Dieter Schrenk, from the University of Kaiserslautern (Germany), and colleagues, have found that apple pectin and apple juice are high in a compound known as butyrate, a short-chain fatty acid. Butyrate not only contributes to the maintenance of healthy colon tissue, but the team found the compound exerts an anti-cancer effect on the colon, by inhibiting the enzymes necessary for tumors to develop. [Waldecker M, Kautenburger T, Daumann H, Veeriah S, Will F, Dietrich H, Pool-Zobel BL, Schrenk D. “Histone-deacetylase inhibition and butyrate formation: Fecal slurry incubations with apple pectin and apple juice extracts.” Nutrition. 2008 Apr;24(4):366-74. Epub 2008 Feb 11.] Dr Klatz remarks: “Colorectal cancer is the fourth commonest form of cancer occurring worldwide. Most prevalent in industrialized countries, colorectal cancer represents 12.6% of all incident cancer in westernized nations in men and 14.1% in women. Many researchers believe that a majority of colorectal cancer cases are a result of dietary factors, such as a lack of adequate daily fruit and vegetable consumption. This study is promising in its identification of a simple, adoptable dietary habit that may offer protection against colon cancer”. Tooth Loss May Predict Accelerated Aging Poul Holm-Pedersen, from the University of Copenhagen (Denmark), and colleagues, tracked 573 70-year old Danish men and women for 21 years, following their oral health, disability onset, and death rate. At the start of the study, fewer than 20% of the group had 20 or more teeth, and 40% had no teeth. Compared with those maintaining 20 or more natural teeth, those with no or few teeth at age 70 were significantly more likely to report mobility problems, such as difficulty walking or climbing stairs, within the next 5 or 10 years. Toothlessness at age 70 was also correlated to greater mortality during the study period. The researchers state that: “It is important to take dental health seriously, in that [it associates with] general physical and/or cognitive decline.” [Holm-Pedersen P, Schultz-Larsen K, Christiansen N, Avlund K. “Tooth loss and subsequent disability and mortality in old age.” J Am Geriatr Soc. 2008 Mar;56(3):429-35. Epub 2008 Jan 5.]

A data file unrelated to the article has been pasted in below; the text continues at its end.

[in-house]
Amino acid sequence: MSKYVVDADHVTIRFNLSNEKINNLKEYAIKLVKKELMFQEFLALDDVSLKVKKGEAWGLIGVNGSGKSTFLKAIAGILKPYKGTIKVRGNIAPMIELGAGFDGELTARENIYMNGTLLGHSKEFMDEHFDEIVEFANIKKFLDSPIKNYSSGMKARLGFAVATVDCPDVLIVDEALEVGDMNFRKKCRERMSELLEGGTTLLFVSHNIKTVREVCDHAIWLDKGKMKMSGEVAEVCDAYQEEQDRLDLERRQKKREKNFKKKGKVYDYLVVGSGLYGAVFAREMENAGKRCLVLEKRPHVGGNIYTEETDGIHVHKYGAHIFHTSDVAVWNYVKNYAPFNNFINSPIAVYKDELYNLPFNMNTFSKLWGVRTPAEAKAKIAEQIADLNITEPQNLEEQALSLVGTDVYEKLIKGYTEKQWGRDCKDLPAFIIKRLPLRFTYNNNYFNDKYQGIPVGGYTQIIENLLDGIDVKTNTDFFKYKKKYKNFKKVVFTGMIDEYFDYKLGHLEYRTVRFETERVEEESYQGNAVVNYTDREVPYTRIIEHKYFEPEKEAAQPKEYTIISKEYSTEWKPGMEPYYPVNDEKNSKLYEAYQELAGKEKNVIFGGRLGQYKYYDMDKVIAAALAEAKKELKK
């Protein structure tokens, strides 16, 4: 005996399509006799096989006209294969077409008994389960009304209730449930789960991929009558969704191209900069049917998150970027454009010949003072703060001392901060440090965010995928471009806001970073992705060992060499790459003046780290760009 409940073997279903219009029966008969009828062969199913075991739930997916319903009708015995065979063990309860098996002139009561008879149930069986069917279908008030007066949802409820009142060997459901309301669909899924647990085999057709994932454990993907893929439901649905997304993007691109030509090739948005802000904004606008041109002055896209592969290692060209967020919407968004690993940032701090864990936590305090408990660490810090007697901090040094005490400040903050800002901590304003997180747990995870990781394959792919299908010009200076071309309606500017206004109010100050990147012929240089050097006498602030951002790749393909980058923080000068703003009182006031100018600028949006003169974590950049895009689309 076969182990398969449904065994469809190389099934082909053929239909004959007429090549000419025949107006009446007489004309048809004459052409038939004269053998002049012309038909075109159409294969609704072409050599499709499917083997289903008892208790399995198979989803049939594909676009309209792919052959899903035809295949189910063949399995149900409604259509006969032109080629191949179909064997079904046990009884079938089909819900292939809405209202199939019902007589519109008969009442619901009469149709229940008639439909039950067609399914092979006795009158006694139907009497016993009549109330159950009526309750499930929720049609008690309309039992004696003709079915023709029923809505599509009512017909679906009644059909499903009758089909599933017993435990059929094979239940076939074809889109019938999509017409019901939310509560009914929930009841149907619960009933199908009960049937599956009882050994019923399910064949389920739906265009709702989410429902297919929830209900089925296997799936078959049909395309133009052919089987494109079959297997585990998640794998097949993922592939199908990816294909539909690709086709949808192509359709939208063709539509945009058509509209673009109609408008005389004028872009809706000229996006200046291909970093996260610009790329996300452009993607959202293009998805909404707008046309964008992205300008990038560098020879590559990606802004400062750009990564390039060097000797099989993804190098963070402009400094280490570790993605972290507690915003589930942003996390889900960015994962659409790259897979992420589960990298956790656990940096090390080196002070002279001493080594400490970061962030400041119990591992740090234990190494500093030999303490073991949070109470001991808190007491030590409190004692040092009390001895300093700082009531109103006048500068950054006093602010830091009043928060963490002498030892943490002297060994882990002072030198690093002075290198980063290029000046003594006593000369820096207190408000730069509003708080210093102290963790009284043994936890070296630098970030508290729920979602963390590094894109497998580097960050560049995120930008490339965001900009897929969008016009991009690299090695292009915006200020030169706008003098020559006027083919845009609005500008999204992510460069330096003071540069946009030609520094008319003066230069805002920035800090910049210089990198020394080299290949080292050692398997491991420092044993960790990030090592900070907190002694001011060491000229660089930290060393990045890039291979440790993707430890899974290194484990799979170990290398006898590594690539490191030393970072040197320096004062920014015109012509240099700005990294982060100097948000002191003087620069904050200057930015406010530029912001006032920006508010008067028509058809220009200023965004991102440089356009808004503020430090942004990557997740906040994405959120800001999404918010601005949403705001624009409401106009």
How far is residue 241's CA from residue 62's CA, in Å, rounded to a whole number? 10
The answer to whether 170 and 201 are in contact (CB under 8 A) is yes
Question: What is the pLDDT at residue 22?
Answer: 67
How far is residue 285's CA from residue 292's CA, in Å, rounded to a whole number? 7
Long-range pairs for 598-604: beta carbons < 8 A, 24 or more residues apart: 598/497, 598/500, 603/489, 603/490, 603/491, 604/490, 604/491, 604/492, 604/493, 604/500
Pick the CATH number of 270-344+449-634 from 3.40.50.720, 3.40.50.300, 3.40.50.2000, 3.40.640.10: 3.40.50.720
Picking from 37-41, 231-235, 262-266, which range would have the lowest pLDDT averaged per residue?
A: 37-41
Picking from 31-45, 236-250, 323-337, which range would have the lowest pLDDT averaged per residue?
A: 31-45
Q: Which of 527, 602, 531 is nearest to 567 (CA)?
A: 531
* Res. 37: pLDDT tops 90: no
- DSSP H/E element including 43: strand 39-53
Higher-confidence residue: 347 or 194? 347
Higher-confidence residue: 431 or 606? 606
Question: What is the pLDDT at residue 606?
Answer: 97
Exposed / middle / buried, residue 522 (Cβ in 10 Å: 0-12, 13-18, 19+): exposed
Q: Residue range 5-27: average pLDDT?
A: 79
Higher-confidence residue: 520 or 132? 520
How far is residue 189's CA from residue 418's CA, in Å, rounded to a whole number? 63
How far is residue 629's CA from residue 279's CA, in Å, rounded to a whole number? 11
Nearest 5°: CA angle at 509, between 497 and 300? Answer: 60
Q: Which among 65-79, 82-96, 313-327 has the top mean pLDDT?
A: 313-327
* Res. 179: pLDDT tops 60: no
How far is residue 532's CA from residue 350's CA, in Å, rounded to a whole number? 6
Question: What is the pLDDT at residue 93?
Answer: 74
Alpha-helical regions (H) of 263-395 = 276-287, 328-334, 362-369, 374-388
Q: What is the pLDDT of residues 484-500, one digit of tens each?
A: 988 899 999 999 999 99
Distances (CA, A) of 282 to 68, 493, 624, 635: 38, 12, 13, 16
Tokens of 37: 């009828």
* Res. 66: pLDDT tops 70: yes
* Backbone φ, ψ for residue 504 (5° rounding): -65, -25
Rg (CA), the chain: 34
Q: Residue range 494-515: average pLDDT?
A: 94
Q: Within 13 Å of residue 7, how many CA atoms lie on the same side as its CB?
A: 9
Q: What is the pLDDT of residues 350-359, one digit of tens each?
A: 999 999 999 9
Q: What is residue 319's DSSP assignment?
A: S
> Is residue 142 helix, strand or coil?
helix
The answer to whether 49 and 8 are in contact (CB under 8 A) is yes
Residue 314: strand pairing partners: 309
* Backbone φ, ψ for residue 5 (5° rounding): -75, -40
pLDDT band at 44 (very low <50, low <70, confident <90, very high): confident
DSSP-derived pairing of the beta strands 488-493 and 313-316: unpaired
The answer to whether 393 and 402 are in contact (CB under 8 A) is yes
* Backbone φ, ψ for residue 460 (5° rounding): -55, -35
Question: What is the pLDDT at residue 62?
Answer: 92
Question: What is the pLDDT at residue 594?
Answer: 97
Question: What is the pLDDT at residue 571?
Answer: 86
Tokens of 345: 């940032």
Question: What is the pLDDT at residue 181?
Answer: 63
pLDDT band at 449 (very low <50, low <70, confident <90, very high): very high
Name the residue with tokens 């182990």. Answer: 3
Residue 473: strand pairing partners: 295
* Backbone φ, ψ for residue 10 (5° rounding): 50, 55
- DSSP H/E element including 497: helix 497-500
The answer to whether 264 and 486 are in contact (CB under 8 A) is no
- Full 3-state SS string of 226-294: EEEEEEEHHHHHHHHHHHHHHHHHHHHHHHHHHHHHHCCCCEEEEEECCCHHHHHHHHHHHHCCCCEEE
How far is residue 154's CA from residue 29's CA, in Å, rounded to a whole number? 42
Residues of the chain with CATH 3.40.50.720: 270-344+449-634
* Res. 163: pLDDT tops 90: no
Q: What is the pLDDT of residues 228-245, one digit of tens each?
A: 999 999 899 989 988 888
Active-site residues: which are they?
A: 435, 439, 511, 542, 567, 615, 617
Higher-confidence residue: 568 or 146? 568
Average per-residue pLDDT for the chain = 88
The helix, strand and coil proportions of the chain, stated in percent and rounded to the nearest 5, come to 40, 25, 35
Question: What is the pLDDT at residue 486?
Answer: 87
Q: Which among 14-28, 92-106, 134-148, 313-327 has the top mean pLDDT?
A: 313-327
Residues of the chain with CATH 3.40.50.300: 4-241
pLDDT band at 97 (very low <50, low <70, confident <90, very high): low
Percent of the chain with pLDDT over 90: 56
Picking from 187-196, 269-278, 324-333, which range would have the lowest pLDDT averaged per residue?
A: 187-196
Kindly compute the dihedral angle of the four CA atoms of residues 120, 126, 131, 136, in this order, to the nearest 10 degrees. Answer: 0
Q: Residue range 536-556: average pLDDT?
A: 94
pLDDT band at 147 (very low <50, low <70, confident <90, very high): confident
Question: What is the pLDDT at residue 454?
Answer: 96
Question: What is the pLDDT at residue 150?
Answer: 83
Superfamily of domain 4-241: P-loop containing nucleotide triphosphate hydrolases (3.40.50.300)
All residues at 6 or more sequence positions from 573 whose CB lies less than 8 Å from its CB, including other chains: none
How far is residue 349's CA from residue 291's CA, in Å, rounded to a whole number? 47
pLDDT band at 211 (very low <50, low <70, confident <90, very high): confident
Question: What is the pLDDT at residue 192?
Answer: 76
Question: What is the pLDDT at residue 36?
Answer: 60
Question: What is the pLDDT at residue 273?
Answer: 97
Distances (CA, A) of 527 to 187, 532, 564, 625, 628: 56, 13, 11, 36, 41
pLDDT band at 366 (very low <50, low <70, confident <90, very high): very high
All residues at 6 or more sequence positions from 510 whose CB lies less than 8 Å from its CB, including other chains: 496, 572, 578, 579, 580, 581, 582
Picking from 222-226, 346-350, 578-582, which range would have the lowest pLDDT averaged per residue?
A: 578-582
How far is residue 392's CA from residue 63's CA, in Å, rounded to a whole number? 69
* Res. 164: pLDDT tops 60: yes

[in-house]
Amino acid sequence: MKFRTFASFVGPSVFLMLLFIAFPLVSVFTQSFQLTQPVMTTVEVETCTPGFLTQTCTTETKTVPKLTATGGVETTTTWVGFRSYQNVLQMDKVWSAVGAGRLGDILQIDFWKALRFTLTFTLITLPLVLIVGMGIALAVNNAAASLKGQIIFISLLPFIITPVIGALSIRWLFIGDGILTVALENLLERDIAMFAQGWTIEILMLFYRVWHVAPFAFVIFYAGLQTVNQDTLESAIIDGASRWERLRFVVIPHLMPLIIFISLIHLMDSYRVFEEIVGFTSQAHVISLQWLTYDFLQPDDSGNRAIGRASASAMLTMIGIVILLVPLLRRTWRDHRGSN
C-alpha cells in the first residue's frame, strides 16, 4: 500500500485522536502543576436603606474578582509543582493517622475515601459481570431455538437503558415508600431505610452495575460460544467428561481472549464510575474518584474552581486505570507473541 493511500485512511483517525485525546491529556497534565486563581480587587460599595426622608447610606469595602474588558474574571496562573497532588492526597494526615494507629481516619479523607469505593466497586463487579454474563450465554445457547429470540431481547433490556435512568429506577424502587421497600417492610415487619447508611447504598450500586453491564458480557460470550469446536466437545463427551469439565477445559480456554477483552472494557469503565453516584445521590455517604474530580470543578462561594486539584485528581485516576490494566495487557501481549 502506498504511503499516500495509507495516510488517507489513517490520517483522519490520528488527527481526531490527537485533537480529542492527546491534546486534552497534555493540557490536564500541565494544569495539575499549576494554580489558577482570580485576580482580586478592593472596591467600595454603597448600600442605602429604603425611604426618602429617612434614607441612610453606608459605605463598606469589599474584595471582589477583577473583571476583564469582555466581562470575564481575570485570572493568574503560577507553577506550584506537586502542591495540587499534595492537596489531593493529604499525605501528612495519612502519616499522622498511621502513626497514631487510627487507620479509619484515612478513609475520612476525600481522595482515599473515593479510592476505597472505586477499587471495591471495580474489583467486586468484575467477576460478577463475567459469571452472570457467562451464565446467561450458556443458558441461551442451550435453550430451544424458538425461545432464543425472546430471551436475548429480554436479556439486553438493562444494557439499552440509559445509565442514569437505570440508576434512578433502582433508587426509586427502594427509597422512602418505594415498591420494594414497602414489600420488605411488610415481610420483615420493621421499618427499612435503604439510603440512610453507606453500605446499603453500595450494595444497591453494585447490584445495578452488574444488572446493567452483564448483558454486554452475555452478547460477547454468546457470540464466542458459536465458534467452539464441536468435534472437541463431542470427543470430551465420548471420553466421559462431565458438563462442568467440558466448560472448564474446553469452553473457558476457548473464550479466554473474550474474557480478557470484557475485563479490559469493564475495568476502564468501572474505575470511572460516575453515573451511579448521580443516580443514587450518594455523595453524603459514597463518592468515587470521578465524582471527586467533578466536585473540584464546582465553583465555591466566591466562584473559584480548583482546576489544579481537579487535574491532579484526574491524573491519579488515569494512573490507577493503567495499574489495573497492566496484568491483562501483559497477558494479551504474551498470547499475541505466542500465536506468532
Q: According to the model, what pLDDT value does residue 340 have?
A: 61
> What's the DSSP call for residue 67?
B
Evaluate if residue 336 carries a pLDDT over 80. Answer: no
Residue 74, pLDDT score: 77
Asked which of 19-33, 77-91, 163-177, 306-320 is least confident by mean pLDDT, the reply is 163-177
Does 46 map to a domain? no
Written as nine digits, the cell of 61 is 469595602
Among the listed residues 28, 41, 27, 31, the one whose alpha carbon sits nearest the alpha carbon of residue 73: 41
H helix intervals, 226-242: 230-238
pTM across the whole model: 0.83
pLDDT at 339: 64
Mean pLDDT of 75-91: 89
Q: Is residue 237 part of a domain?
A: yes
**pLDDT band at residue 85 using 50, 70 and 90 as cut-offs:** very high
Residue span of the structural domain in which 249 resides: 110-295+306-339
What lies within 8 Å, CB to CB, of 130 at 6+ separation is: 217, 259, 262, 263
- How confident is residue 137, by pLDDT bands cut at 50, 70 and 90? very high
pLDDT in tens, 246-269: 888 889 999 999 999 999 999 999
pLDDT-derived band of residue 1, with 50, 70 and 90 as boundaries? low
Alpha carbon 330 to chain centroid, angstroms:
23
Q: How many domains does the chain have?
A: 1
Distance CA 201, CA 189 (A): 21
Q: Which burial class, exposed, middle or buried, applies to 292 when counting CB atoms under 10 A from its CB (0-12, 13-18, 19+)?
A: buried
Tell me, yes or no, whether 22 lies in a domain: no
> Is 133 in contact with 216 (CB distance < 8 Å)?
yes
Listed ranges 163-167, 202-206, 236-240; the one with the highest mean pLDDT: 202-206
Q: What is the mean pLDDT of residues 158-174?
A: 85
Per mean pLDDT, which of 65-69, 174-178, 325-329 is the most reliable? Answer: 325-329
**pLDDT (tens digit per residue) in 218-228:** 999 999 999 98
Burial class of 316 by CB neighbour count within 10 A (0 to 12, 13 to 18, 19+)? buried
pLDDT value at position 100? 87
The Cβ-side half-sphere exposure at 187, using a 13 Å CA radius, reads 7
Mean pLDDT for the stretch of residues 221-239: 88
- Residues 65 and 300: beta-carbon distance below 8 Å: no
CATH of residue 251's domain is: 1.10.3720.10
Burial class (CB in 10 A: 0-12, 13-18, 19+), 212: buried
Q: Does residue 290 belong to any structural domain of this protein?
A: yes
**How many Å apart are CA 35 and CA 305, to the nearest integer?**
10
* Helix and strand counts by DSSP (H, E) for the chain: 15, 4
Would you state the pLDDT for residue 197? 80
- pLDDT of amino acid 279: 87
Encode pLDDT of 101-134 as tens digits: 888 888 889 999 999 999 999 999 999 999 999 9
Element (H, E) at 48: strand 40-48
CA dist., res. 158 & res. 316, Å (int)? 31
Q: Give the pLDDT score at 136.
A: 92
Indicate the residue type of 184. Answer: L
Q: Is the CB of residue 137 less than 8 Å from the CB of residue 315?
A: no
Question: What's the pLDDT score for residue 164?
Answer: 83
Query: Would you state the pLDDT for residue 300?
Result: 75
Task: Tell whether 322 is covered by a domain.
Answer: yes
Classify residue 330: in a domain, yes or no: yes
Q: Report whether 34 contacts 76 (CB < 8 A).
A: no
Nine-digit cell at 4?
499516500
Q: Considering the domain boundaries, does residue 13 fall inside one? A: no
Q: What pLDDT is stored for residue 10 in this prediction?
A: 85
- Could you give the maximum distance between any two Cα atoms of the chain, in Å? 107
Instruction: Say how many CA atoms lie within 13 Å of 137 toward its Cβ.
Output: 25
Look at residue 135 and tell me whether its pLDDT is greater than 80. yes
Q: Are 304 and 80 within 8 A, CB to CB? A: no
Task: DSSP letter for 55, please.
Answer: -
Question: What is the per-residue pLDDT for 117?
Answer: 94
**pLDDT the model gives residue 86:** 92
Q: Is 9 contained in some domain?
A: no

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Dr. Goldman observes: “An estimated 500 species of microorganisms live in the mouth, and thus oral health is potentially a significant source of disease. Studies by other researchers have established a causal association between poor periodontal health and cardiovascular disease, and recently a team from University of Kentucky (USA) have identified tooth loss as a predictor for the onset of dementia later in life. This study establishes yet another medical reason to maintain good oral health as we age.” Macadamia Nuts Reduce Cholesterol A number of studies have established a body of evidence linking nut consumption, specifically almonds and walnuts, to improvements in the ratio of total cholesterol to HDL (high-density, or “good”) cholesterol., a marker of cardiovascular health. Amy Griel, from Pennsylvania State University (USA), and colleagues, followed a group of 25 men and women with mildly elevated cholesterol levels, for a five-week period. One subgroup consumed an “average” American diet [33% total fat, including 11% monunsaturated fatty acids (MUFA) and 5% polyunsaturated fatty acids (PUFA)] and the other subgroup ate a Macadamia nut-rich diet [33% total fat, including 18% MUFA and 5% PUFA]. In the group consuming the macadamia nut-rich diet, the ratio of total cholesterol to HDL cholesterol decreased (4.60, versus 4.90 in the group following the American diet). In addition, the macadamia nut-diet group experienced a decrease in LDL (low-density, or “bad”) cholesterol (3.14 mmol/L, versus 3.44 mmol/L in the group following the American diet). [Griel AE, Cao Y, Bagshaw DD, Cifelli AM, Holub B, Kris-Etherton PM. “A macadamia nut-rich diet reduces total and LDL-cholesterol in mildly hypercholesterolemic men and women.” J Nutr. 2008 Apr;138(4):761-7.] Comments Dr. Klatz: “Cardiovascular disease causes nearly 50% of all deaths in Europe, and more than one-third of the American population has some form of cardivascular disease. This study furthers the notion that nuts can be part of a hearthealthy diet pattern that can beneficially impact cardiovascular disease risk factors.”

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VOLUME 2008 issue 18

Aspartame Compromises Brain Health